All of which underscores that if Washington acts strongly on climate, the impact will extend far beyond Washington. For the state will be strengthening and reinforcing what California and British Columbia have already done, and the more these Pacific coast states are unified, the more the United States and even the world will have to take notice. “The sense is that if the west coast as a bloc acts, if we’ve got real climate policy from B.C. to Baja, that’s the world’s fifth largest economy,” says Kelly of the Washington Environmental Council.
In the meantime, though, Inslee’s position within his state is much like that of President Barack Obama nationally, observes David Roberts of Grist. “He wants to act, but he’s got no Republicans in the legislature on his side,” says Roberts, “so if he gets anything done, it’s going to be through executive powers.”
So what happens next? Eric de Place, policy director of the Sightline Institute, a Seattle-based environmental think tank, thinks that if gridlock persists beyond 2014, there’s a chance that a citizen-led ballot initiative in Washington state could allow the public to vote directly on how to curb carbon emissions. Before, that, though, he thinks that Inslee may ultimately try to opt for a policy, like a carbon tax, that might be made palatable to state Republicans: The tax could be designed so that the revenue that it brings in would go towards other state budget shortfalls, such as in the transportation sector and in education.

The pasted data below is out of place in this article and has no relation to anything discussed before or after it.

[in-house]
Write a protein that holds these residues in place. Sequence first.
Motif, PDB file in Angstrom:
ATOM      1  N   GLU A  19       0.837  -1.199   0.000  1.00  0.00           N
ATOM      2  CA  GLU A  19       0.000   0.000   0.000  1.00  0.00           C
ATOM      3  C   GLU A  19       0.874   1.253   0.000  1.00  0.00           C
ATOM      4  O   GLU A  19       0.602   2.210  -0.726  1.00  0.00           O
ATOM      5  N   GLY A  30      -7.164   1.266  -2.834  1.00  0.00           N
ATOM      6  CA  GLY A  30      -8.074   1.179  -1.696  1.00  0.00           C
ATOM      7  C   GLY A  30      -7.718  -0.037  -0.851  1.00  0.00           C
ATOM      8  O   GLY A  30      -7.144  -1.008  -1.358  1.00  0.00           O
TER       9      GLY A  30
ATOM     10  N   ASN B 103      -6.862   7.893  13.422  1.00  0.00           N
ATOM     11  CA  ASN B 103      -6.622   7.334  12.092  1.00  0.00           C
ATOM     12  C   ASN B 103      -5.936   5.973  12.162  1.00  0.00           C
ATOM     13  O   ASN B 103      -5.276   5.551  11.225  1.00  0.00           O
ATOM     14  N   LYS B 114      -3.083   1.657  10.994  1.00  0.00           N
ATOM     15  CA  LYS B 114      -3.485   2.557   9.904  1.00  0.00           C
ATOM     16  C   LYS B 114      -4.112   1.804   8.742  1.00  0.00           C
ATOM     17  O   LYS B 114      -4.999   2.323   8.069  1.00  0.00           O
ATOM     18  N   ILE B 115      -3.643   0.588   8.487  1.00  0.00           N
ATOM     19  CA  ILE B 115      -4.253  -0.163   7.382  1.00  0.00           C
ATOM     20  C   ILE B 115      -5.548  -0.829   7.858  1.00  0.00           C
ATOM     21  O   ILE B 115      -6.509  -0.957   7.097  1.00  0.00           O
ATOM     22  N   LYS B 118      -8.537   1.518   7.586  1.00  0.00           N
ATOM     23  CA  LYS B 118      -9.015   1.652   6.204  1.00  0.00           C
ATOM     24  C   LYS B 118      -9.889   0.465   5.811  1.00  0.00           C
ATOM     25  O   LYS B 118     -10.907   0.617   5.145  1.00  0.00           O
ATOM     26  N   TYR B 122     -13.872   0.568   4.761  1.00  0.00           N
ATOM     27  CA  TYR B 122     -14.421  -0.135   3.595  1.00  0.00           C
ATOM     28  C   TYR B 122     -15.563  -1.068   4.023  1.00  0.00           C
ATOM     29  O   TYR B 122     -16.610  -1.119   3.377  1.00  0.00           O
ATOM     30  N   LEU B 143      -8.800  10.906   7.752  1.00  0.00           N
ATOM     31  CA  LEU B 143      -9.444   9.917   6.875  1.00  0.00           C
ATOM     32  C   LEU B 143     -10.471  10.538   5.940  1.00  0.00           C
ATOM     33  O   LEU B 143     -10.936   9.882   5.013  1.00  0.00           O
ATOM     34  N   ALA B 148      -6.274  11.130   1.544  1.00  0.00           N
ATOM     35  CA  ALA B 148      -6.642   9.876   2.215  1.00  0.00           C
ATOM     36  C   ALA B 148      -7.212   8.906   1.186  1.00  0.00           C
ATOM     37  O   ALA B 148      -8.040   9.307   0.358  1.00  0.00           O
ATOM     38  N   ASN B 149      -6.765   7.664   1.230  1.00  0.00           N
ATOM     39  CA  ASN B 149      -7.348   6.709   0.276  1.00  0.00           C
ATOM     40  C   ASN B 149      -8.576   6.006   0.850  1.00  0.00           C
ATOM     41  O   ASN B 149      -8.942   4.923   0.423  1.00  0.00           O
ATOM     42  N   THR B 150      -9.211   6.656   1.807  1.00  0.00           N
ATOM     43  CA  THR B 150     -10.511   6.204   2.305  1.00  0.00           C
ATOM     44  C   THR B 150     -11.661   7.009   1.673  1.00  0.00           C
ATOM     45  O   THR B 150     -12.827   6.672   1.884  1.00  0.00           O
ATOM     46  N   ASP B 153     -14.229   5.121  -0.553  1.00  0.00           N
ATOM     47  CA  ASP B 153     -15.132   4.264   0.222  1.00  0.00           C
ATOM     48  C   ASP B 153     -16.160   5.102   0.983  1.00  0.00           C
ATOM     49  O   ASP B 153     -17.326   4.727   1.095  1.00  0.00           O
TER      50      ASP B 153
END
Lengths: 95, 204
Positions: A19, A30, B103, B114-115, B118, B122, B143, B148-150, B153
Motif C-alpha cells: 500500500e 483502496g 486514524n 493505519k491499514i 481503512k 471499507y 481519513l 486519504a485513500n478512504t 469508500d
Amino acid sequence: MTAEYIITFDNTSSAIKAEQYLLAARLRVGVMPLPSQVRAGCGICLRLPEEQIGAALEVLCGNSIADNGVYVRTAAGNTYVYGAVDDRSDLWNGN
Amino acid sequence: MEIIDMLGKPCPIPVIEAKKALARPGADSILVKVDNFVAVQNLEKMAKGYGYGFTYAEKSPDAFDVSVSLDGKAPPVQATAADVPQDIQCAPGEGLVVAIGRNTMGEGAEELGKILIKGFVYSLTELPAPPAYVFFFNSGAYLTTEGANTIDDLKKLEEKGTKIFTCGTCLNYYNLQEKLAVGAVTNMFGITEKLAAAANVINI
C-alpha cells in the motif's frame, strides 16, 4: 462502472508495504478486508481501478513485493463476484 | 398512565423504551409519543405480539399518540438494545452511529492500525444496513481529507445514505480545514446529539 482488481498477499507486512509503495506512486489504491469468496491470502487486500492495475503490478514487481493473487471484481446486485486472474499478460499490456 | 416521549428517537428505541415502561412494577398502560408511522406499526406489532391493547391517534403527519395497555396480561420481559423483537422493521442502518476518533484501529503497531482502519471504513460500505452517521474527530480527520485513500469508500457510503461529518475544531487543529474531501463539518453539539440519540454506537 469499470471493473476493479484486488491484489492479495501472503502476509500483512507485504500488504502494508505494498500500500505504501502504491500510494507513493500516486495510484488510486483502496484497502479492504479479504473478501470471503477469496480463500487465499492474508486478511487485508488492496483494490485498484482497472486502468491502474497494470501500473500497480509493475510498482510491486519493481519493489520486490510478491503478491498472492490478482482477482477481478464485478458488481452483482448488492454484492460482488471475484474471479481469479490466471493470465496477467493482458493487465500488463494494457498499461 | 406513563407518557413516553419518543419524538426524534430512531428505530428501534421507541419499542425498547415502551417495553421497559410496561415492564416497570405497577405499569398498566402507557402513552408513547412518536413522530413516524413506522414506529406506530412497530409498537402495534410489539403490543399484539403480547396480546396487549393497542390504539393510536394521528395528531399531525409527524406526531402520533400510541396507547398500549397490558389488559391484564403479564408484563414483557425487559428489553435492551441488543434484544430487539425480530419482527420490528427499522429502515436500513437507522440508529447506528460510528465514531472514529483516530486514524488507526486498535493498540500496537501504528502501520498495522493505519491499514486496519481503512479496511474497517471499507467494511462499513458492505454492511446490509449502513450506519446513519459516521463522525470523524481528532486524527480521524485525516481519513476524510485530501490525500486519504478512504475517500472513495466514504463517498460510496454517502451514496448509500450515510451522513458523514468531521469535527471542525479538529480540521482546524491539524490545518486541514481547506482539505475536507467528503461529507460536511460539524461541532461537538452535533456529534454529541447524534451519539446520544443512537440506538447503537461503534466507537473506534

In his inaugural address as governor, Inslee declared that on leading the nation in green policy, “It is clear to me that we are the right state, at the right time, with the right people.” But now, that delicate balance may have shifted. “I’m certain the governor feels that not enough is getting done on climate action,” says Eric de Place of the Sightline Institute. The question is what Inslee plans to do about it.